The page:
I have recently had cause to engage directly with the legacy of one of Edinburgh's local heroes, a man born in the Old Town, buried in the New Town, and standing as one of the great pioneers of his age. William Dick established Scotland's first veterinary school in Edinburgh, which continues to operate today as part of the University of Edinburgh.
Dick was born on White Horse Close, a picturesque alley just off the Royal Mile near Holyrood Palace. I often bring groups into this lane because of its instagram-friendly appeal, but in 1793 when young William was born it would have been less pretty and more a run-down slum area.
It was an area that had long held a connection with horses, with legends of Mary Queen of Scots' horse being stabled here, as well as being the site of a major inn serving visitors arriving into Edinburgh from the horse drawn coaches in the seventeenth century.
Dick's father was a farrier - horse shoe making - and so horses would have been a significant presence in the boy's life, and growing up in an environment where animals were such a feature was certainly an influence on William's later veterinary pursuits.
In 1815 the Dick family moved to accommodation in the New Town, just off St Andrew Square, and he was schooled in Shakespeare Square, which no longer survives but was near where the northern end of North Bridge is today. He began to take anatomy lessons, and would later fuse his interest in horses with his medical studies, travelling to London to study as a veterinary surgeon.
Returning to Edinburgh, Dick set up his own veterinary college, training others in treatment of disease in farm animals and livestock, horses and dogs. Having provided students with a certified qualification in "the veterinary art", Dick's reputation grew and his college gradually expanded, until Queen Victoria appointed him as her royal veterinarian in 1842.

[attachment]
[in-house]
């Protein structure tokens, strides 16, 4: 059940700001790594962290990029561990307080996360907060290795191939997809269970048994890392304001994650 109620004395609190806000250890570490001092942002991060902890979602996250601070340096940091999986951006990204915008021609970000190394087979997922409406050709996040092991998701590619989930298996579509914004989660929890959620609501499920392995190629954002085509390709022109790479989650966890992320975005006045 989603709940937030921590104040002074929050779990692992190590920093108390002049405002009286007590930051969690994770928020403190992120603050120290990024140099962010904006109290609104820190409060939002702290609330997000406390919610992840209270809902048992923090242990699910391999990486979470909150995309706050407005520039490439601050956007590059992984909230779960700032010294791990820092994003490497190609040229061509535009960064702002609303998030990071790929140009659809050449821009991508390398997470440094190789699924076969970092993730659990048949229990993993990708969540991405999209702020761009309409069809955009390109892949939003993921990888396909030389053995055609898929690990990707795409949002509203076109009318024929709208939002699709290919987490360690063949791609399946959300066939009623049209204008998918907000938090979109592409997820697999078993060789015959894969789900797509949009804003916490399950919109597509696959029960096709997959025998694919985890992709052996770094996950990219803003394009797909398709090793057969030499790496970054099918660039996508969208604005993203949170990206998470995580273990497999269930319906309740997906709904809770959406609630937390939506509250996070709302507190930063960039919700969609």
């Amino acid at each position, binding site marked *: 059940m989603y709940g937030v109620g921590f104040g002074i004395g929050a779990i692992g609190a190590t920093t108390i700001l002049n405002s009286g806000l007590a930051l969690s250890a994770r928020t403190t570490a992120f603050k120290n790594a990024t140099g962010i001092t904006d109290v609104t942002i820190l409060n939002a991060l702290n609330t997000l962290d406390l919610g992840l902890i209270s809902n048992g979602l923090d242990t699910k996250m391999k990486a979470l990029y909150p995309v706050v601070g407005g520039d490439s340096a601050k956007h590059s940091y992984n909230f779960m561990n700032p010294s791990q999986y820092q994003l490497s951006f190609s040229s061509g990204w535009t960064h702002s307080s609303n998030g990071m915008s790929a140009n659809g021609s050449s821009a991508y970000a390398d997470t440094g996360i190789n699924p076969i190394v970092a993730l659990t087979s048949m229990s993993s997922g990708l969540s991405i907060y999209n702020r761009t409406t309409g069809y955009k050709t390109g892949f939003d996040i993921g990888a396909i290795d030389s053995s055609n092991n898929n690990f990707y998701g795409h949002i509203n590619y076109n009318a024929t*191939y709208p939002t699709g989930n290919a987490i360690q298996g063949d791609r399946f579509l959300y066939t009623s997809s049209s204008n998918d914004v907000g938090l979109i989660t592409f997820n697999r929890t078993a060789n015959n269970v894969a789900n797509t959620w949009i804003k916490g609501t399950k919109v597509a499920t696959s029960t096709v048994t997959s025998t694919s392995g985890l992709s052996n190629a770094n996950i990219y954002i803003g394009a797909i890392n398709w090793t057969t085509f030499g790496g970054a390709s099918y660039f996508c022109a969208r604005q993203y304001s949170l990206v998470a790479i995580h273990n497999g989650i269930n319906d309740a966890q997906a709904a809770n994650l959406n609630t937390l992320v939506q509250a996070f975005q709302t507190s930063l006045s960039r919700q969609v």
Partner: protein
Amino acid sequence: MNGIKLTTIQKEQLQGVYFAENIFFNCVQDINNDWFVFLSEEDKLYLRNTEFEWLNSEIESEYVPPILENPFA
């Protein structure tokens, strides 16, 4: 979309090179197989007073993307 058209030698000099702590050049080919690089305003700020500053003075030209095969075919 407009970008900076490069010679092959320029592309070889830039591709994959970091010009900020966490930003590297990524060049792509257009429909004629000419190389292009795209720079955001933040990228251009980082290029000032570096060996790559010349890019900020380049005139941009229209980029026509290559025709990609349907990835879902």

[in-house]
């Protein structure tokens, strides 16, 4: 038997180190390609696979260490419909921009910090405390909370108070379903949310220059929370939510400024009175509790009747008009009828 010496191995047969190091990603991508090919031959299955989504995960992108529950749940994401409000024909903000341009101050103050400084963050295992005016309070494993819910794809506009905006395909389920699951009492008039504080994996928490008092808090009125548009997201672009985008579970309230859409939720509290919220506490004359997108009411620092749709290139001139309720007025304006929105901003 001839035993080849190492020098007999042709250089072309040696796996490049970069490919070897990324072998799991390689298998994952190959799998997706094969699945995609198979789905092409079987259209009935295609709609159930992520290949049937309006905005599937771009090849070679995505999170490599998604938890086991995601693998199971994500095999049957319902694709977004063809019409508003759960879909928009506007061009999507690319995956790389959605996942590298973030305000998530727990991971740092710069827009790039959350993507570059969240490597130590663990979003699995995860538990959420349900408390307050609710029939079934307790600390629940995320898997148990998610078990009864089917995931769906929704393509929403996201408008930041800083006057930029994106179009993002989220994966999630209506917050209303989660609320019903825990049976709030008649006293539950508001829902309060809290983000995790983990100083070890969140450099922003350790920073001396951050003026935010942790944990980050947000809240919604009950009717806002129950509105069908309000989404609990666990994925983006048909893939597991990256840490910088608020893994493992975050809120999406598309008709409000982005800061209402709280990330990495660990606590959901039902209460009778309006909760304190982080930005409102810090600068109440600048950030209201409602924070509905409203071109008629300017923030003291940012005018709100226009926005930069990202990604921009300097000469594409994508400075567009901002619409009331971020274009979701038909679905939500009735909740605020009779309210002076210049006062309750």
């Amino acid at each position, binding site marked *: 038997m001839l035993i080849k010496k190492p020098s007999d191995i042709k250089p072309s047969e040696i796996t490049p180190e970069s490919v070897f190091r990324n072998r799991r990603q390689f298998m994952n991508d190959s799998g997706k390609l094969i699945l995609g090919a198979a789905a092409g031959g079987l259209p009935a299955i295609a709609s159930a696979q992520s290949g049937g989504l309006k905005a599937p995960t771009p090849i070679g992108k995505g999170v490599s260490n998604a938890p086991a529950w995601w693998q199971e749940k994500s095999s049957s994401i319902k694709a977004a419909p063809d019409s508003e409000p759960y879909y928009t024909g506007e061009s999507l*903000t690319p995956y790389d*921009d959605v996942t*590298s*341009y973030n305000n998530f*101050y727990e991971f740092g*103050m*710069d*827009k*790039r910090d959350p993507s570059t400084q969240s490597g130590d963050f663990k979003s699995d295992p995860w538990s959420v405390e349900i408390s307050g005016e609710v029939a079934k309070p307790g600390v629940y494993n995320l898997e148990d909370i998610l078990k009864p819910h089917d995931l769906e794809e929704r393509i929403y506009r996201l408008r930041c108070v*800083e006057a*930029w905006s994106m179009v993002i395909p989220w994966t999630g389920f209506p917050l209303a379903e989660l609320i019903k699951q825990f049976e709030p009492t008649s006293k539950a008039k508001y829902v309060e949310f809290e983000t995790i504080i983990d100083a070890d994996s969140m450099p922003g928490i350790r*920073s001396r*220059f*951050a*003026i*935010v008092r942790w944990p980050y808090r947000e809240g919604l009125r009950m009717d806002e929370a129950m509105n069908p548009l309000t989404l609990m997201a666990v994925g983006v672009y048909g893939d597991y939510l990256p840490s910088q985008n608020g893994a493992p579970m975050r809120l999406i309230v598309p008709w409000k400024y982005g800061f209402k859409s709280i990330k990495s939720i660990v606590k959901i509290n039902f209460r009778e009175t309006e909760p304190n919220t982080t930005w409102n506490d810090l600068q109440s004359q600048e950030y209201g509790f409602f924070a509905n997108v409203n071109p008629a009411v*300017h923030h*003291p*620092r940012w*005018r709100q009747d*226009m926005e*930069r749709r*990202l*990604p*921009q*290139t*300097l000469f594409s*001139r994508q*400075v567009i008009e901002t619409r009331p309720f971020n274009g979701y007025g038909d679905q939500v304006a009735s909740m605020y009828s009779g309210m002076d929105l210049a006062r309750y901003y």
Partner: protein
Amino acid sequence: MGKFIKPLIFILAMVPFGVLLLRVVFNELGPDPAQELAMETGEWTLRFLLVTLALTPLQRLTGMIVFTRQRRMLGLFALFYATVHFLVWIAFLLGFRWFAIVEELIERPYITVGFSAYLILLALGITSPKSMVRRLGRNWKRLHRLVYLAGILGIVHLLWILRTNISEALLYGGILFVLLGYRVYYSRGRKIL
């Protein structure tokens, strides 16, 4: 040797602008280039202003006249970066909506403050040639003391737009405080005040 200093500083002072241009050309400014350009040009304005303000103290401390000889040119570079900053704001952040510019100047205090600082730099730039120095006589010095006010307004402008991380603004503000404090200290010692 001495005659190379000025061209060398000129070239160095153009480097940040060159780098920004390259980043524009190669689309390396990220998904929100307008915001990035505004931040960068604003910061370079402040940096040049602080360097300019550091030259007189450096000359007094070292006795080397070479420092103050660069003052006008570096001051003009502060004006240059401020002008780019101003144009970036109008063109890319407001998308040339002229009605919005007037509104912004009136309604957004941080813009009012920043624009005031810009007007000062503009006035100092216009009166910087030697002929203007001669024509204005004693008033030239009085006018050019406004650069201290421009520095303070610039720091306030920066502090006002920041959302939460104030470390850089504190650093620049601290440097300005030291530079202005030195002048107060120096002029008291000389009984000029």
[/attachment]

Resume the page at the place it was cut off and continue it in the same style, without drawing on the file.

Dick died in 1866, and was buried in Edinburgh's New Calton Burial Ground, just a short distance away from White Horse Close where he was born, and overlooking the bottom end of the Old Town.
William Dick's veterinary college was officially renamed the Royal (Dick) Veterinary College in 1902, and moved into purpose-built buildings near the Meadows on the south side of the city in 1916. Those buildings today are the Summerhall complex of art studios, performance spaces, bars and brewery, a selection of escape rooms, and in recent years have become a haven for a variety of cultural interests in the city.
The door still has an original brass plate noting the buildings as the premises of the Royal (Dick) School of Veterinary Studies.
In 1951 the Dick Vet became part of the University of Edinburgh, who still operate their veterinary training and medical hospital for animals under the Royal Dick banner. Their main campus is a little distance from the city centre, where they have a variety of world-class and state of the art facilities for treating and caring for sick and injured animals.
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